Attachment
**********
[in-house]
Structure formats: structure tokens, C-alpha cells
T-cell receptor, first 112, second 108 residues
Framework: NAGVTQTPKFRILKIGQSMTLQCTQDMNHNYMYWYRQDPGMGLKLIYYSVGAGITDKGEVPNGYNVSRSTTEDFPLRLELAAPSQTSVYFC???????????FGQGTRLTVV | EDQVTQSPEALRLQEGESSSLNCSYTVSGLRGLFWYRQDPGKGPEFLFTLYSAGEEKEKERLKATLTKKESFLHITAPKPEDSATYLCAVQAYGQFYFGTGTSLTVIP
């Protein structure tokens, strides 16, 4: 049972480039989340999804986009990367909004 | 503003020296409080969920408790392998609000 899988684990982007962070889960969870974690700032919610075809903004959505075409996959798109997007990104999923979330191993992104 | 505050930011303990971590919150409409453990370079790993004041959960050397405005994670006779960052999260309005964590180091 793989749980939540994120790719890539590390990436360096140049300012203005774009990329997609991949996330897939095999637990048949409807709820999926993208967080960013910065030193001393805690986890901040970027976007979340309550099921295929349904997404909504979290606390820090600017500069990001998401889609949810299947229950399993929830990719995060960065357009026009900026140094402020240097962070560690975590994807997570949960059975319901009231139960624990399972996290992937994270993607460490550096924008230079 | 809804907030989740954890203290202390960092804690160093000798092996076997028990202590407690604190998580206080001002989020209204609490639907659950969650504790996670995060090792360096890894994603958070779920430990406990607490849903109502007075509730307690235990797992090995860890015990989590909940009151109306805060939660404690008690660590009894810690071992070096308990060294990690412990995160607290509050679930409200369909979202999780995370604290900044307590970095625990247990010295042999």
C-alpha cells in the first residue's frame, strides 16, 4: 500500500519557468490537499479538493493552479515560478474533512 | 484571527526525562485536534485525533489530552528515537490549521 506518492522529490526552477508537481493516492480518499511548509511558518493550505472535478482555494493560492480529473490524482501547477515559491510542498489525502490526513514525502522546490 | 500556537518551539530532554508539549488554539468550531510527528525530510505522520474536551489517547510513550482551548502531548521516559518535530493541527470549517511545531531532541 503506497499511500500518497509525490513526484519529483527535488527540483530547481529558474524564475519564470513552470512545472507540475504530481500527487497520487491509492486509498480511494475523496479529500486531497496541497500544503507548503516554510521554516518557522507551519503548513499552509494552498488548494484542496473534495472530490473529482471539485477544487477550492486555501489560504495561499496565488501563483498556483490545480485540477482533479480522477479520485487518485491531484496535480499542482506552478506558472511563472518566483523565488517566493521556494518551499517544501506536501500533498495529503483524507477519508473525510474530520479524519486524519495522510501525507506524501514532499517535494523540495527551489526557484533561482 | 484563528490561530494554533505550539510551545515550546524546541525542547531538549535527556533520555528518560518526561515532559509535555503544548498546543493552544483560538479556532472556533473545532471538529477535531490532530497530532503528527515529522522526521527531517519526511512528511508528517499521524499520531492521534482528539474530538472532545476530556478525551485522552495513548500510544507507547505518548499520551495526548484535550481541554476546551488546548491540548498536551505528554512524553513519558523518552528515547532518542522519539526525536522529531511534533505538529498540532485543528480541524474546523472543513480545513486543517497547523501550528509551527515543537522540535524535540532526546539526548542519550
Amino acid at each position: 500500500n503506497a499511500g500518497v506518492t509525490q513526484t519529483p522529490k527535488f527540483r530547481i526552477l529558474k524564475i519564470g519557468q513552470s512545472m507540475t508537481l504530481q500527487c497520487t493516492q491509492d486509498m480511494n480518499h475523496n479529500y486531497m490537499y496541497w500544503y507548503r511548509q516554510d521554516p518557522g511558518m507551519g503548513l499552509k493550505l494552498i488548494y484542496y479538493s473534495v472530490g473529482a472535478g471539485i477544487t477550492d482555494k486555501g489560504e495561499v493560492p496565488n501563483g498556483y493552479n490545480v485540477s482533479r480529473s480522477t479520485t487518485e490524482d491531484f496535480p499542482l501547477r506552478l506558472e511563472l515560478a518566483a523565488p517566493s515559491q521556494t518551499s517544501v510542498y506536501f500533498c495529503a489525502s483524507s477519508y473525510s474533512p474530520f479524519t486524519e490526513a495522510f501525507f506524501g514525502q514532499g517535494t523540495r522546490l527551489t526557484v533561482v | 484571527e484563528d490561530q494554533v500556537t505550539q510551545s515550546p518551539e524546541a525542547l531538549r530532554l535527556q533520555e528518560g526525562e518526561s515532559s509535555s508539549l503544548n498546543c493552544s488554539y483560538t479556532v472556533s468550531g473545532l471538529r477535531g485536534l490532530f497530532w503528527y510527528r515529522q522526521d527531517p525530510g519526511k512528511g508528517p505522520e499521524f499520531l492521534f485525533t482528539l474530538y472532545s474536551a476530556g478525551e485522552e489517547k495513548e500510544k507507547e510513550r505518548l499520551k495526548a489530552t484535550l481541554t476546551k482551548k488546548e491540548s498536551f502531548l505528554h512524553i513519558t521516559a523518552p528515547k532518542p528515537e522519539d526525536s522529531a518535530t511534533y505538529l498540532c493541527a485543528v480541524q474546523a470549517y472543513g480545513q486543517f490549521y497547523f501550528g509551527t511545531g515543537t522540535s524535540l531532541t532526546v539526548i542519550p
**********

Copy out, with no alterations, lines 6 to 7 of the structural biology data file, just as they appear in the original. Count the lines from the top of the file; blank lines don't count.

C-alpha cells in the first residue's frame, strides 16, 4: 500500500519557468490537499479538493493552479515560478474533512 | 484571527526525562485536534485525533489530552528515537490549521 506518492522529490526552477508537481493516492480518499511548509511558518493550505472535478482555494493560492480529473490524482501547477515559491510542498489525502490526513514525502522546490 | 500556537518551539530532554508539549488554539468550531510527528525530510505522520474536551489517547510513550482551548502531548521516559518535530493541527470549517511545531531532541 503506497499511500500518497509525490513526484519529483527535488527540483530547481529558474524564475519564470513552470512545472507540475504530481500527487497520487491509492486509498480511494475523496479529500486531497496541497500544503507548503516554510521554516518557522507551519503548513499552509494552498488548494484542496473534495472530490473529482471539485477544487477550492486555501489560504495561499496565488501563483498556483490545480485540477482533479480522477479520485487518485491531484496535480499542482506552478506558472511563472518566483523565488517566493521556494518551499517544501506536501500533498495529503483524507477519508473525510474530520479524519486524519495522510501525507506524501514532499517535494523540495527551489526557484533561482 | 484563528490561530494554533505550539510551545515550546524546541525542547531538549535527556533520555528518560518526561515532559509535555503544548498546543493552544483560538479556532472556533473545532471538529477535531490532530497530532503528527515529522522526521527531517519526511512528511508528517499521524499520531492521534482528539474530538472532545476530556478525551485522552495513548500510544507507547505518548499520551495526548484535550481541554476546551488546548491540548498536551505528554512524553513519558523518552528515547532518542522519539526525536522529531511534533505538529498540532485543528480541524474546523472543513480545513486543517497547523501550528509551527515543537522540535524535540532526546539526548542519550
Amino acid at each position: 500500500n503506497a499511500g500518497v506518492t509525490q513526484t519529483p522529490k527535488f527540483r530547481i526552477l529558474k524564475i519564470g519557468q513552470s512545472m507540475t508537481l504530481q500527487c497520487t493516492q491509492d486509498m480511494n480518499h475523496n479529500y486531497m490537499y496541497w500544503y507548503r511548509q516554510d521554516p518557522g511558518m507551519g503548513l499552509k493550505l494552498i488548494y484542496y479538493s473534495v472530490g473529482a472535478g471539485i477544487t477550492d482555494k486555501g489560504e495561499v493560492p496565488n501563483g498556483y493552479n490545480v485540477s482533479r480529473s480522477t479520485t487518485e490524482d491531484f496535480p499542482l501547477r506552478l506558472e511563472l515560478a518566483a523565488p517566493s515559491q521556494t518551499s517544501v510542498y506536501f500533498c495529503a489525502s483524507s477519508y473525510s474533512p474530520f479524519t486524519e490526513a495522510f501525507f506524501g514525502q514532499g517535494t523540495r522546490l527551489t526557484v533561482v | 484571527e484563528d490561530q494554533v500556537t505550539q510551545s515550546p518551539e524546541a525542547l531538549r530532554l535527556q533520555e528518560g526525562e518526561s515532559s509535555s508539549l503544548n498546543c493552544s488554539y483560538t479556532v472556533s468550531g473545532l471538529r477535531g485536534l490532530f497530532w503528527y510527528r515529522q522526521d527531517p525530510g519526511k512528511g508528517p505522520e499521524f499520531l492521534f485525533t482528539l474530538y472532545s474536551a476530556g478525551e485522552e489517547k495513548e500510544k507507547e510513550r505518548l499520551k495526548a489530552t484535550l481541554t476546551k482551548k488546548e491540548s498536551f502531548l505528554h512524553i513519558t521516559a523518552p528515547k532518542p528515537e522519539d526525536s522529531a518535530t511534533y505538529l498540532c493541527a485543528v480541524q474546523a470549517y472543513g480545513q486543517f490549521y497547523f501550528g509551527t511545531g515543537t522540535s524535540l531532541t532526546v539526548i542519550p